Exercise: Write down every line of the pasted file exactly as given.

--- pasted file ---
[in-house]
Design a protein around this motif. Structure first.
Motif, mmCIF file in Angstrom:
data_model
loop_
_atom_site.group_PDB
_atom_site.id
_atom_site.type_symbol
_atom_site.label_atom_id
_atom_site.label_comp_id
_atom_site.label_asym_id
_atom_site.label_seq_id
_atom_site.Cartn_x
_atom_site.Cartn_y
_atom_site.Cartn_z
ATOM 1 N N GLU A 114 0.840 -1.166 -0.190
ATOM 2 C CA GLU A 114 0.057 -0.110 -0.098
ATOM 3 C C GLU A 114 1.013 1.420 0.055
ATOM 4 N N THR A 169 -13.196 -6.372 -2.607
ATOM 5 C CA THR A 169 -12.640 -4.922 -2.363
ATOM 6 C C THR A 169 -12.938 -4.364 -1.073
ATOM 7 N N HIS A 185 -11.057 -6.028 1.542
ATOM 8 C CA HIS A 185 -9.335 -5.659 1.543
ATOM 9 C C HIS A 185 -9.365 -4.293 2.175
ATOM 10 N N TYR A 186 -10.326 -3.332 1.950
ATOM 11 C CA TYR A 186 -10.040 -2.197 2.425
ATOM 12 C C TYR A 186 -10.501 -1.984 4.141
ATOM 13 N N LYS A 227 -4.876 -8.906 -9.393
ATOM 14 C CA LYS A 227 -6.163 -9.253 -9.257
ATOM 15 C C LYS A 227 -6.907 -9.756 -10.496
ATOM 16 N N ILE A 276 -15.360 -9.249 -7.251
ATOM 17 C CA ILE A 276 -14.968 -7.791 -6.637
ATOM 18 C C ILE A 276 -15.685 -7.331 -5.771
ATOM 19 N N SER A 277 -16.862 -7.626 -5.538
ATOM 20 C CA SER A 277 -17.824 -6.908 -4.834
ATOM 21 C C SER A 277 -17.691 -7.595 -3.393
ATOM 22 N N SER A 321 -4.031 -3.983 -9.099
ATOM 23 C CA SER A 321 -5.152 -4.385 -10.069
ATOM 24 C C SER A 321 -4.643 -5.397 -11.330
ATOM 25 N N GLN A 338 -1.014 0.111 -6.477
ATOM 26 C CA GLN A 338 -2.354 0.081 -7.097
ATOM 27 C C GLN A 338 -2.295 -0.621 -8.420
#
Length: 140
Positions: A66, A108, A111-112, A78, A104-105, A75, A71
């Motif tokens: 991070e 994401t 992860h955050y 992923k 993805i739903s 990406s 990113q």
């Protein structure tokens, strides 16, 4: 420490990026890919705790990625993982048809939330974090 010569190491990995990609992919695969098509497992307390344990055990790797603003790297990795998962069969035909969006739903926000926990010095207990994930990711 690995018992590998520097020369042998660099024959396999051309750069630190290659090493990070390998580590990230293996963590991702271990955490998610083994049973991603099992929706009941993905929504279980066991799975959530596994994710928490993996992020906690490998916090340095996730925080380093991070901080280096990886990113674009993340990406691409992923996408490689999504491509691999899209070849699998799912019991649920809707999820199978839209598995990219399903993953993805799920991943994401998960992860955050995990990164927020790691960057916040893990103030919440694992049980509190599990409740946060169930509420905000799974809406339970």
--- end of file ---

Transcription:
[in-house]
Design a protein around this motif. Structure first.
Motif, mmCIF file in Angstrom:
data_model
loop_
_atom_site.group_PDB
_atom_site.id
_atom_site.type_symbol
_atom_site.label_atom_id
_atom_site.label_comp_id
_atom_site.label_asym_id
_atom_site.label_seq_id
_atom_site.Cartn_x
_atom_site.Cartn_y
_atom_site.Cartn_z
ATOM 1 N N GLU A 114 0.840 -1.166 -0.190
ATOM 2 C CA GLU A 114 0.057 -0.110 -0.098
ATOM 3 C C GLU A 114 1.013 1.420 0.055
ATOM 4 N N THR A 169 -13.196 -6.372 -2.607
ATOM 5 C CA THR A 169 -12.640 -4.922 -2.363
ATOM 6 C C THR A 169 -12.938 -4.364 -1.073
ATOM 7 N N HIS A 185 -11.057 -6.028 1.542
ATOM 8 C CA HIS A 185 -9.335 -5.659 1.543
ATOM 9 C C HIS A 185 -9.365 -4.293 2.175
ATOM 10 N N TYR A 186 -10.326 -3.332 1.950
ATOM 11 C CA TYR A 186 -10.040 -2.197 2.425
ATOM 12 C C TYR A 186 -10.501 -1.984 4.141
ATOM 13 N N LYS A 227 -4.876 -8.906 -9.393
ATOM 14 C CA LYS A 227 -6.163 -9.253 -9.257
ATOM 15 C C LYS A 227 -6.907 -9.756 -10.496
ATOM 16 N N ILE A 276 -15.360 -9.249 -7.251
ATOM 17 C CA ILE A 276 -14.968 -7.791 -6.637
ATOM 18 C C ILE A 276 -15.685 -7.331 -5.771
ATOM 19 N N SER A 277 -16.862 -7.626 -5.538
ATOM 20 C CA SER A 277 -17.824 -6.908 -4.834
ATOM 21 C C SER A 277 -17.691 -7.595 -3.393
ATOM 22 N N SER A 321 -4.031 -3.983 -9.099
ATOM 23 C CA SER A 321 -5.152 -4.385 -10.069
ATOM 24 C C SER A 321 -4.643 -5.397 -11.330
ATOM 25 N N GLN A 338 -1.014 0.111 -6.477
ATOM 26 C CA GLN A 338 -2.354 0.081 -7.097
ATOM 27 C C GLN A 338 -2.295 -0.621 -8.420
#
Length: 140
Positions: A66, A108, A111-112, A78, A104-105, A75, A71
């Motif tokens: 991070e 994401t 992860h955050y 992923k 993805i739903s 990406s 990113q």
């Protein structure tokens, strides 16, 4: 420490990026890919705790990625993982048809939330974090 010569190491990995990609992919695969098509497992307390344990055990790797603003790297990795998962069969035909969006739903926000926990010095207990994930990711 690995018992590998520097020369042998660099024959396999051309750069630190290659090493990070390998580590990230293996963590991702271990955490998610083994049973991603099992929706009941993905929504279980066991799975959530596994994710928490993996992020906690490998916090340095996730925080380093991070901080280096990886990113674009993340990406691409992923996408490689999504491509691999899209070849699998799912019991649920809707999820199978839209598995990219399903993953993805799920991943994401998960992860955050995990990164927020790691960057916040893990103030919440694992049980509190599990409740946060169930509420905000799974809406339970």